I didn’t come down the mountain the way I went up

L1010072On Friday, I went hiking to the summit of Mt. Cardigan with my son Peter’s school. The trail was very rocky and a steeper ascent than I had anticipated, so I took a lot of breathers. When I got to the top, the view was AMAZING:  a total 360. Weathered granite covered almost every surface, with only an occasional bit of greenery. The wind blew like crazy, but we were able to find a place that was somewhat sheltered from the wind and the sun was lovely.  That crazy wind was cold though, and we were ready to start our descent before too long.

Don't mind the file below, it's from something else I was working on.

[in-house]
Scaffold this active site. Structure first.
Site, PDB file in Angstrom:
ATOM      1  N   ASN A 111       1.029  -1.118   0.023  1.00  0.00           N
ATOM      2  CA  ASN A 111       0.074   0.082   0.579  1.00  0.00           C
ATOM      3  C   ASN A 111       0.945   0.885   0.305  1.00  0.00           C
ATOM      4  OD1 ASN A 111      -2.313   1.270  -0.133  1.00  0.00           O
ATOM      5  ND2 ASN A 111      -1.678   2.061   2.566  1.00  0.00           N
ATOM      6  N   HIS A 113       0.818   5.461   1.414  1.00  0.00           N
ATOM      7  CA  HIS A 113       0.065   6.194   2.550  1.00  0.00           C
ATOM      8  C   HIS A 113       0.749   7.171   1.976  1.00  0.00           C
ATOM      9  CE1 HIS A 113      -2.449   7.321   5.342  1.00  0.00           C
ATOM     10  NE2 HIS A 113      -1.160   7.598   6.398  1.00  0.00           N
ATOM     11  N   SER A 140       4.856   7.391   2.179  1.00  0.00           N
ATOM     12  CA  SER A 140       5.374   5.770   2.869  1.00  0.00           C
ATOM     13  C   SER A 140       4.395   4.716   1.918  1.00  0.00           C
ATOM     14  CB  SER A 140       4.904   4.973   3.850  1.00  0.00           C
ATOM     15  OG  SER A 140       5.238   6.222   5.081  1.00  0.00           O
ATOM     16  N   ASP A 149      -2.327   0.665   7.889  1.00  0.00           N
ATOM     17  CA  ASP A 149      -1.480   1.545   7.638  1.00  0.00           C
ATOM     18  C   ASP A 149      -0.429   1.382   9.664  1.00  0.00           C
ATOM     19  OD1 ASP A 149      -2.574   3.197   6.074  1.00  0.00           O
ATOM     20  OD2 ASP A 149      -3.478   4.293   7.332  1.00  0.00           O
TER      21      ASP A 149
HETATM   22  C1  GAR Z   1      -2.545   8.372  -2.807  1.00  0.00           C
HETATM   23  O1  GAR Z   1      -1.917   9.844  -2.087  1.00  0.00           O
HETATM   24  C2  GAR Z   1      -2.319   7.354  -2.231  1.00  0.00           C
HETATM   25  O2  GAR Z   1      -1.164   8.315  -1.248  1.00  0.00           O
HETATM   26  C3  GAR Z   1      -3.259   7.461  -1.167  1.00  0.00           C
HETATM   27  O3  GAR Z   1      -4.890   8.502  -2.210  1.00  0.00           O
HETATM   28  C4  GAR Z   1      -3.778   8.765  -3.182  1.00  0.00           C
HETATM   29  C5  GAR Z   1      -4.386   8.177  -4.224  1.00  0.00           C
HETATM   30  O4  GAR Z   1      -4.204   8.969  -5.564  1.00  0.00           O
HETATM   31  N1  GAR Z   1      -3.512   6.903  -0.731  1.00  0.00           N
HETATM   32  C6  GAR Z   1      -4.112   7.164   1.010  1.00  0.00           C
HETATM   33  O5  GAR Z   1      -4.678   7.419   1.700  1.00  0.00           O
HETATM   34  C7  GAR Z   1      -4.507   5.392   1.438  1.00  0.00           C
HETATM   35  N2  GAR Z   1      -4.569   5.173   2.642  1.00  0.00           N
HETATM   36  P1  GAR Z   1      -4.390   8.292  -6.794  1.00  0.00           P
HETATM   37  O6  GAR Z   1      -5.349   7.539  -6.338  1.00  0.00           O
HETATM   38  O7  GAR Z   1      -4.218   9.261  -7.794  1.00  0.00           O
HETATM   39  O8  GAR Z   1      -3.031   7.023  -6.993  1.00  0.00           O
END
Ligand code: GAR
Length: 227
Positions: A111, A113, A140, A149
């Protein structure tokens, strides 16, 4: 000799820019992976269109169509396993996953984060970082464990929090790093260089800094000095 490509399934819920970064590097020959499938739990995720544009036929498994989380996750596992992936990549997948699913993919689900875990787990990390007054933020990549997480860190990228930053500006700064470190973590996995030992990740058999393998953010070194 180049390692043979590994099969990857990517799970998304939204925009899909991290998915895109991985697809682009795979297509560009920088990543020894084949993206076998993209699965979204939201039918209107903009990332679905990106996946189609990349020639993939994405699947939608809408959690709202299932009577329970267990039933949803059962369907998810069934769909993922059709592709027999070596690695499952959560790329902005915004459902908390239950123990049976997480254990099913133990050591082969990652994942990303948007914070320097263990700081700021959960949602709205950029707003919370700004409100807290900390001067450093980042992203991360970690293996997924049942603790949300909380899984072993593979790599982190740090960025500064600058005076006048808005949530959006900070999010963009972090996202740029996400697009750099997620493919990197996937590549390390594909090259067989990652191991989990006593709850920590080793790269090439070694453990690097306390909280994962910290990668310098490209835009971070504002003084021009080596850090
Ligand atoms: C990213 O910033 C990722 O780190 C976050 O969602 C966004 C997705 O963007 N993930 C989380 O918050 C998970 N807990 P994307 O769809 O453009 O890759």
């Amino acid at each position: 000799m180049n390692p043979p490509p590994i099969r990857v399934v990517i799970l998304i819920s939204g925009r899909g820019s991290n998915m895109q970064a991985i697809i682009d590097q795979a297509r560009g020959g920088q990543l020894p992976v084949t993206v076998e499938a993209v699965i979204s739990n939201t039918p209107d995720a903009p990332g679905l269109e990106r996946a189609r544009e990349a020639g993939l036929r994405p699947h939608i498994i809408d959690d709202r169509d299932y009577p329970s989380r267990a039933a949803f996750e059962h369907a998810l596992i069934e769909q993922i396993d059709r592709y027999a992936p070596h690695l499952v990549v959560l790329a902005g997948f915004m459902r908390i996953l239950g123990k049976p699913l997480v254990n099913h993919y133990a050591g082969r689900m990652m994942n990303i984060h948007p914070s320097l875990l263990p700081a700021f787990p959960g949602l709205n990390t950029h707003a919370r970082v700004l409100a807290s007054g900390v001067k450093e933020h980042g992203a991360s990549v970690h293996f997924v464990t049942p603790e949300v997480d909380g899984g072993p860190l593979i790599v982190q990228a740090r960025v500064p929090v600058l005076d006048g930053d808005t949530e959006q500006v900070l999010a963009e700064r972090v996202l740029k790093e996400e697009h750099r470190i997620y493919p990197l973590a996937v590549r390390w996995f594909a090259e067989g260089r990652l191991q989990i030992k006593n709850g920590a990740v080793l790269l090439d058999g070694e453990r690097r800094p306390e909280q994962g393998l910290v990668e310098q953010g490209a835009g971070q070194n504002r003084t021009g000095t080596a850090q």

Common wisdom holds that going down is easier than going up.  True, (generally), but often more treacherous as well.  There were so many of us heading down, that we had a bit of a bottle neck.  Not far from the summit, a young fellow sought to get ahead, and accidently checked me.  I lost my footing and went down hard.  The sudden pain alerted me to the fact that I had badly twisted my ankle, but when I looked at it, I understood immediately that it was broken.  Foot pointing the wrong way, bone where bone shouldn’t be, that sort of thing.

Let’s see–there were so many bad puns that would have been suitable for the title of today’s blog:  A bad break (thanks Katie); And now for a quick ankle break; Not sure where I stood; …ah, the possibilities.  Anyway, there I was, more than a (steep) mile from the trailhead, and totally unable to move.